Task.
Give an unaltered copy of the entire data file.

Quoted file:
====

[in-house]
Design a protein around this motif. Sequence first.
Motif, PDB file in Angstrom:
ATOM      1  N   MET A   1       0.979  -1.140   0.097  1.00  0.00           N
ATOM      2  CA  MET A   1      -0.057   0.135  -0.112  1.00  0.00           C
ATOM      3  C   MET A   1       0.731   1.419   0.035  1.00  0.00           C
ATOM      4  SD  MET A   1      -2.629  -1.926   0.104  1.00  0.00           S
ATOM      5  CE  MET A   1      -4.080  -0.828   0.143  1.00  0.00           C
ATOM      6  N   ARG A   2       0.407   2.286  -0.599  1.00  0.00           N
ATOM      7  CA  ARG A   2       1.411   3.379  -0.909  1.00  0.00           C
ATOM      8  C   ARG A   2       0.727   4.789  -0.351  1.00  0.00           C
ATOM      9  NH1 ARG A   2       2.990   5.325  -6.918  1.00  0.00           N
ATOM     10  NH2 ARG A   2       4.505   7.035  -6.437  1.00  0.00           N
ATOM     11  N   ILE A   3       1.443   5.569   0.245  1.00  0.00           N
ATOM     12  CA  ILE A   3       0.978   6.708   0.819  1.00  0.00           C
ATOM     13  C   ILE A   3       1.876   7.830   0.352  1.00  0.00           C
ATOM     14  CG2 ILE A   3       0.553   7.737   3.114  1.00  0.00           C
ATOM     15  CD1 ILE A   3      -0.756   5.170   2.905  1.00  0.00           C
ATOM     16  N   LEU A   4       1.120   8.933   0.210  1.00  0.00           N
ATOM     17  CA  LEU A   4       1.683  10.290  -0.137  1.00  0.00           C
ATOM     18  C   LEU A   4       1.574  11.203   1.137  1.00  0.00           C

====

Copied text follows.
[in-house]
Design a protein around this motif. Sequence first.
Motif, PDB file in Angstrom:
ATOM      1  N   MET A   1       0.979  -1.140   0.097  1.00  0.00           N
ATOM      2  CA  MET A   1      -0.057   0.135  -0.112  1.00  0.00           C
ATOM      3  C   MET A   1       0.731   1.419   0.035  1.00  0.00           C
ATOM      4  SD  MET A   1      -2.629  -1.926   0.104  1.00  0.00           S
ATOM      5  CE  MET A   1      -4.080  -0.828   0.143  1.00  0.00           C
ATOM      6  N   ARG A   2       0.407   2.286  -0.599  1.00  0.00           N
ATOM      7  CA  ARG A   2       1.411   3.379  -0.909  1.00  0.00           C
ATOM      8  C   ARG A   2       0.727   4.789  -0.351  1.00  0.00           C
ATOM      9  NH1 ARG A   2       2.990   5.325  -6.918  1.00  0.00           N
ATOM     10  NH2 ARG A   2       4.505   7.035  -6.437  1.00  0.00           N
ATOM     11  N   ILE A   3       1.443   5.569   0.245  1.00  0.00           N
ATOM     12  CA  ILE A   3       0.978   6.708   0.819  1.00  0.00           C
ATOM     13  C   ILE A   3       1.876   7.830   0.352  1.00  0.00           C
ATOM     14  CG2 ILE A   3       0.553   7.737   3.114  1.00  0.00           C
ATOM     15  CD1 ILE A   3      -0.756   5.170   2.905  1.00  0.00           C
ATOM     16  N   LEU A   4       1.120   8.933   0.210  1.00  0.00           N
ATOM     17  CA  LEU A   4       1.683  10.290  -0.137  1.00  0.00           C
ATOM     18  C   LEU A   4       1.574  11.203   1.137  1.00  0.00           C